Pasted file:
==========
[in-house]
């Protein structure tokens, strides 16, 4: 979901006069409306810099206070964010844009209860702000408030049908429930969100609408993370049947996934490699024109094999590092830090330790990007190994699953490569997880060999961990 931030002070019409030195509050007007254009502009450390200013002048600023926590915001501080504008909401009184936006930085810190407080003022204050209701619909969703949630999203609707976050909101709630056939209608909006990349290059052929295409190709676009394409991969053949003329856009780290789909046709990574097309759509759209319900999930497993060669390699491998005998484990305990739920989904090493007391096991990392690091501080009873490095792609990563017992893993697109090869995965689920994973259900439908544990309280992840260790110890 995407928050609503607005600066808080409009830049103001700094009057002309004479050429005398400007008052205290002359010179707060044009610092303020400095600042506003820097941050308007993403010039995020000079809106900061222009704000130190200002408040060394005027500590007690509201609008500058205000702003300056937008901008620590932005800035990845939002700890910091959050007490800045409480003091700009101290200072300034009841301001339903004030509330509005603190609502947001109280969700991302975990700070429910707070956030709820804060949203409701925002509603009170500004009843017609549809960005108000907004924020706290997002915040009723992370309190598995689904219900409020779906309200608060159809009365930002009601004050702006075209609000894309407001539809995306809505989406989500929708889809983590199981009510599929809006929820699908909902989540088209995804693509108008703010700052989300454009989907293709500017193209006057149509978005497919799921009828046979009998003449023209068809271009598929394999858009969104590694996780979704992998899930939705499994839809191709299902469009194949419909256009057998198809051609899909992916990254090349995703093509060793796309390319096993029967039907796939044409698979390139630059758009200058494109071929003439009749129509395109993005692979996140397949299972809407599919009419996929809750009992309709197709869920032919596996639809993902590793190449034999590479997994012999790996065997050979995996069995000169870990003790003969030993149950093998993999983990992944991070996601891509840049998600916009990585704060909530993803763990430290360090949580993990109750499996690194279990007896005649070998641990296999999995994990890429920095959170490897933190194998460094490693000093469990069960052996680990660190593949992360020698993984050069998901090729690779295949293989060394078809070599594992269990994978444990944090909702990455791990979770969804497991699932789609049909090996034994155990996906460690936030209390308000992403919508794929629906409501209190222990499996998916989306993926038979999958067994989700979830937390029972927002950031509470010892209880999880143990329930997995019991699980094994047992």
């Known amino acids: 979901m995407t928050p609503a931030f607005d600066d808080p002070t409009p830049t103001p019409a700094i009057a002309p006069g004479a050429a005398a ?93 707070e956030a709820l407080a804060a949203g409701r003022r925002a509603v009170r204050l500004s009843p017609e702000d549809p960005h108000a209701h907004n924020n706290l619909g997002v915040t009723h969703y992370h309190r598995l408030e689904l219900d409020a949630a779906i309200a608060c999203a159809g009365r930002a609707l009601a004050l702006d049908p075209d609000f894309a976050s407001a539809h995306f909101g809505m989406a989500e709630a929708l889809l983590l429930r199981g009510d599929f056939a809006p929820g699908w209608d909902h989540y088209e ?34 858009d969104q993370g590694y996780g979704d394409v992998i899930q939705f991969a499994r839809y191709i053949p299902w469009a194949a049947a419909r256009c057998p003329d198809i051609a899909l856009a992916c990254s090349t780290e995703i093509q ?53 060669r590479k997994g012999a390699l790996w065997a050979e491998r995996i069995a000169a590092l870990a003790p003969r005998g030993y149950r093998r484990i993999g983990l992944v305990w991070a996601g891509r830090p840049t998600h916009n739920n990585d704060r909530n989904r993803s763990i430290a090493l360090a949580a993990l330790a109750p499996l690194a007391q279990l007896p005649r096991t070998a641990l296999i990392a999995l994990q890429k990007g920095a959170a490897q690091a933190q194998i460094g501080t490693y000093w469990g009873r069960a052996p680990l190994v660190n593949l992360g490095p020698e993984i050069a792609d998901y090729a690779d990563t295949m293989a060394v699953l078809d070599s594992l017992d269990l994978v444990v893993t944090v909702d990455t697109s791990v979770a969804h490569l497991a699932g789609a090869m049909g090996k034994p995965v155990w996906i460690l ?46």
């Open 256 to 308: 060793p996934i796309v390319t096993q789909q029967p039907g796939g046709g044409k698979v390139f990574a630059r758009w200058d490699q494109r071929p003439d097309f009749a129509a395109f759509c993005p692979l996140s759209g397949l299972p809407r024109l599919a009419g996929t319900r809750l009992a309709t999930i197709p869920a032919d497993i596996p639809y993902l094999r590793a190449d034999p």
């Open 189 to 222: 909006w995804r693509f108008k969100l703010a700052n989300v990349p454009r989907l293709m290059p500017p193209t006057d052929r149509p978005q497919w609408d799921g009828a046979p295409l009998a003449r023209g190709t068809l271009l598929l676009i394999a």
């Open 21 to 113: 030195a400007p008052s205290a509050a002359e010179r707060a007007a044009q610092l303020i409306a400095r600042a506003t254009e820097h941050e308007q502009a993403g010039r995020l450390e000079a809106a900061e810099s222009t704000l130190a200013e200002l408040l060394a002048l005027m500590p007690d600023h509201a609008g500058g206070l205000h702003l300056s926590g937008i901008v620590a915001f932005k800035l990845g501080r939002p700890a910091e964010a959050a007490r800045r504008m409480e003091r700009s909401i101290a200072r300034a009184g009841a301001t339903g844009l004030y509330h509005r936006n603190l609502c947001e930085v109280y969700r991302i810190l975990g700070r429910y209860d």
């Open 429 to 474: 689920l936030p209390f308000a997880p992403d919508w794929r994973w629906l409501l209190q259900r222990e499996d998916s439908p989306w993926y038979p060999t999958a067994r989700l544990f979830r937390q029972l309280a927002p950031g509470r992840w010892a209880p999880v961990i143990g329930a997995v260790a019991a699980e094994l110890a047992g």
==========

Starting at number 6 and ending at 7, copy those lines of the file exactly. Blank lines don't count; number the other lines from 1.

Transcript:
């Open 21 to 113: 030195a400007p008052s205290a509050a002359e010179r707060a007007a044009q610092l303020i409306a400095r600042a506003t254009e820097h941050e308007q502009a993403g010039r995020l450390e000079a809106a900061e810099s222009t704000l130190a200013e200002l408040l060394a002048l005027m500590p007690d600023h509201a609008g500058g206070l205000h702003l300056s926590g937008i901008v620590a915001f932005k800035l990845g501080r939002p700890a910091e964010a959050a007490r800045r504008m409480e003091r700009s909401i101290a200072r300034a009184g009841a301001t339903g844009l004030y509330h509005r936006n603190l609502c947001e930085v109280y969700r991302i810190l975990g700070r429910y209860d």
């Open 429 to 474: 689920l936030p209390f308000a997880p992403d919508w794929r994973w629906l409501l209190q259900r222990e499996d998916s439908p989306w993926y038979p060999t999958a067994r989700l544990f979830r937390q029972l309280a927002p950031g509470r992840w010892a209880p999880v961990i143990g329930a997995v260790a019991a699980e094994l110890a047992g």